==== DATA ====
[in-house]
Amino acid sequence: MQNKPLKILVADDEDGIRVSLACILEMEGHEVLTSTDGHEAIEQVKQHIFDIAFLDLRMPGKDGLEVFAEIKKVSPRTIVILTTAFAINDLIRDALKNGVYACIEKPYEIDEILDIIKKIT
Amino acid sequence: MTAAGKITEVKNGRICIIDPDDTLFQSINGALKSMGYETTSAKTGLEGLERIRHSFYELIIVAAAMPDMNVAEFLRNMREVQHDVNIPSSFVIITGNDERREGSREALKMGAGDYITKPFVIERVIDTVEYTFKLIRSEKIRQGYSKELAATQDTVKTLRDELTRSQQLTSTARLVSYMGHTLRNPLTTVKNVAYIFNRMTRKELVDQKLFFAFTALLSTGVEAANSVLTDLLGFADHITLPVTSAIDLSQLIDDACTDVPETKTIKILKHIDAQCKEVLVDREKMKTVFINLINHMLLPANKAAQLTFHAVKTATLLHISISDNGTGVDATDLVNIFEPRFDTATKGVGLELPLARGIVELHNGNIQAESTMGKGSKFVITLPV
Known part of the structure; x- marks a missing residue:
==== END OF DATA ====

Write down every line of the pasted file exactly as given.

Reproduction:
[in-house]
Amino acid sequence: MQNKPLKILVADDEDGIRVSLACILEMEGHEVLTSTDGHEAIEQVKQHIFDIAFLDLRMPGKDGLEVFAEIKKVSPRTIVILTTAFAINDLIRDALKNGVYACIEKPYEIDEILDIIKKIT
Amino acid sequence: MTAAGKITEVKNGRICIIDPDDTLFQSINGALKSMGYETTSAKTGLEGLERIRHSFYELIIVAAAMPDMNVAEFLRNMREVQHDVNIPSSFVIITGNDERREGSREALKMGAGDYITKPFVIERVIDTVEYTFKLIRSEKIRQGYSKELAATQDTVKTLRDELTRSQQLTSTARLVSYMGHTLRNPLTTVKNVAYIFNRMTRKELVDQKLFFAFTALLSTGVEAANSVLTDLLGFADHITLPVTSAIDLSQLIDDACTDVPETKTIKILKHIDAQCKEVLVDREKMKTVFINLINHMLLPANKAAQLTFHAVKTATLLHISISDNGTGVDATDLVNIFEPRFDTATKGVGLELPLARGIVELHNGNIQAESTMGKGSKFVITLPV
Known part of the structure; x- marks a missing residue: